There are no immediate solutions, but Tuesday night’s public meeting regarding the future of the Pepsi Centre offered a few firm first steps in the process.
Responsible for the major maintenance and capital improvements for the facility, the City of Corner Brook contracted a consultancy service — Mott MacDonald — to review the feasibility of such renovations. The purpose of the meeting was to provide an opportunity for user groups and other interested parties to voice their concerns and ideas on the present and future of the 17-year-old facility.
“It was great to hear from community members, from council, from the stakeholders of this building,” said Corner Brook Minor Hockey Association president Cara-Leigh Wyllie.
The forum was divided into four topics — strengths of the building, current challenges, ideal future needs and threats that would prevent those ideal needs. Through it all, there was very little in the way of surprising suggestions — most of it had likely been heard around the city before, but not by the hired consultants until this point.
Wyllie believes the fact that a meeting seeking public opinion took place at all was reason for optimism.
“We have to think positive,” she said. “This is our community centre and we want to make it work for many groups for years to come.”
Humber Community YMCA CEO Christine Young said she came to the meeting as more of a listener, to hear what the community’s views were on the usage of the building. She thought the conversation was a little weighted towards sport and not community recreation overall, but still felt it was kept fairly balanced.
“Showing an interest in getting community feedback is certainly a great first step in determining the best way for this to contribute and help recreation in Corner Brook,” she said.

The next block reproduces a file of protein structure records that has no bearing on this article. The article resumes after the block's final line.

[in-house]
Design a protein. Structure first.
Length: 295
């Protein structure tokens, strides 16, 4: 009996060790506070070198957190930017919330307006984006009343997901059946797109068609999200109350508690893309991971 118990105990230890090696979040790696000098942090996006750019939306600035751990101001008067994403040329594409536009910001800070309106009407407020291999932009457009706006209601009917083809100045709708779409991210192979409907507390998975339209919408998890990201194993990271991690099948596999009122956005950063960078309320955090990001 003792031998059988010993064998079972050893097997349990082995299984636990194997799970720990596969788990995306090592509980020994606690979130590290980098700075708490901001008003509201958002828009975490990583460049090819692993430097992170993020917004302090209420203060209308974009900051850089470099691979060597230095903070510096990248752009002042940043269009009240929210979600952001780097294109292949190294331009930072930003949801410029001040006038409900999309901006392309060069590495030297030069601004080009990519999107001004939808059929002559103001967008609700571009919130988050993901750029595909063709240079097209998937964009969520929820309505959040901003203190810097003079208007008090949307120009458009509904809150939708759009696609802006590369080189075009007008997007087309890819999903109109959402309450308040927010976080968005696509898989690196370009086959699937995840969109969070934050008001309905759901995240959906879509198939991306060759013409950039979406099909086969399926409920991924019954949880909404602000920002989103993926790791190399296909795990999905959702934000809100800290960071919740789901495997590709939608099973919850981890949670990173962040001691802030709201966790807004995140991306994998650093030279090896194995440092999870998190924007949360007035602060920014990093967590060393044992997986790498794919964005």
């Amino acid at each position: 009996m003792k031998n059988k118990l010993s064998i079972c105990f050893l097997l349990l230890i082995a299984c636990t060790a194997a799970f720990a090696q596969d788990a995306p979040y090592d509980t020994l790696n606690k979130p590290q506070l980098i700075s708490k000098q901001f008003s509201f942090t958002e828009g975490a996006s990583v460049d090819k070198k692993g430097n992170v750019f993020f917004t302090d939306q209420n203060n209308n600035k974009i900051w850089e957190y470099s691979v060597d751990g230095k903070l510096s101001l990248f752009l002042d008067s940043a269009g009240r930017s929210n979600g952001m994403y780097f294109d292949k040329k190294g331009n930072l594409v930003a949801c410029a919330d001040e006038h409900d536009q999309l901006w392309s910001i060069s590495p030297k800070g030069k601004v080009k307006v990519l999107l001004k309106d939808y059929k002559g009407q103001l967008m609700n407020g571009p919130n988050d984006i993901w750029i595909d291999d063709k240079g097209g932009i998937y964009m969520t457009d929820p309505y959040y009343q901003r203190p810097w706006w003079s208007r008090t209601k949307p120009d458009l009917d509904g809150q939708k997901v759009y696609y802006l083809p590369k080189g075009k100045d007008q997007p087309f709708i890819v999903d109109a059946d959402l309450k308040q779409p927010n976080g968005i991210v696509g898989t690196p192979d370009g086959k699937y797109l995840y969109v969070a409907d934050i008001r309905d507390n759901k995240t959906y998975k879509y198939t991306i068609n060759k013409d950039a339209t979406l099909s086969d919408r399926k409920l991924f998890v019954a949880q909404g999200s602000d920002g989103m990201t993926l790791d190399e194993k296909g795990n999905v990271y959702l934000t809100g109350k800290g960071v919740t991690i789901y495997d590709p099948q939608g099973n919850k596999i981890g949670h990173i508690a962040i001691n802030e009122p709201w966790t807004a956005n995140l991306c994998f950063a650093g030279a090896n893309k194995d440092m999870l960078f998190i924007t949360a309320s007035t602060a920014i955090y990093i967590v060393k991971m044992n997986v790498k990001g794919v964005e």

Whether that could involve the YMCA’s presence in the future, Young couldn’t say.
“That could be determined,” she said. “I think a lot will depend on the report that’s put together by the consultants.”
Most of the discussion revolved around how to best use the already available space in the Pepsi Centre and Pepsi Studio, though other offerings varied from establishing a restaurant in the mostly-empty upstairs area of the main building to the construction of a swimming pool.
Safety hazards, necessary technological advances in purchasing event tickets and even the “utilitarian” atmosphere of the structure were also brought up, but the majority seemed to be in agreement the building needs to house a major tenant.
“The idea of a tenant doesn’t necessarily have to be a sports tenant,” said Corner Brook Mayor Charles Pender at the end of the meeting. “It could be a child-care space, a doctor’s office, a suite of offices ... whatever it is, to have that consistent revenue.”
Of course, it’s all conjecture until the consultant’s report is complete, which actually shouldn’t take all that long, according to Leon Higgins.
“We’re going to move rapidly,” said the divisional director with Mott MacDonald. “We’ve been asked to come up with some output by the end of the month.”
He cautions his company’s job is strictly to file the report. The difficult part comes later.
“We’re filling up a bucket, we don’t know what the budget is the city has yet,” he said. “We’ll have to come up with a menu and they’ll set the priorities on the menu with things to pick off first.
“There will be a joint vision coming out of that, I hope, that addresses the needs that we’re hearing.”
Pender echoed those comments, saying the city will have to base all decisions on available money and which renovations or improvements are deemed reasonable. Then it becomes an issue of how to phase those changes in.
But the first stage in any of that was Tuesday night’s meeting.
“It’s like a ‘Field of Dreams’ — build it and they will come,” Pender said. “Well, we built it, it’s here. Now we want to know, is there something else we can do to get more people to come?”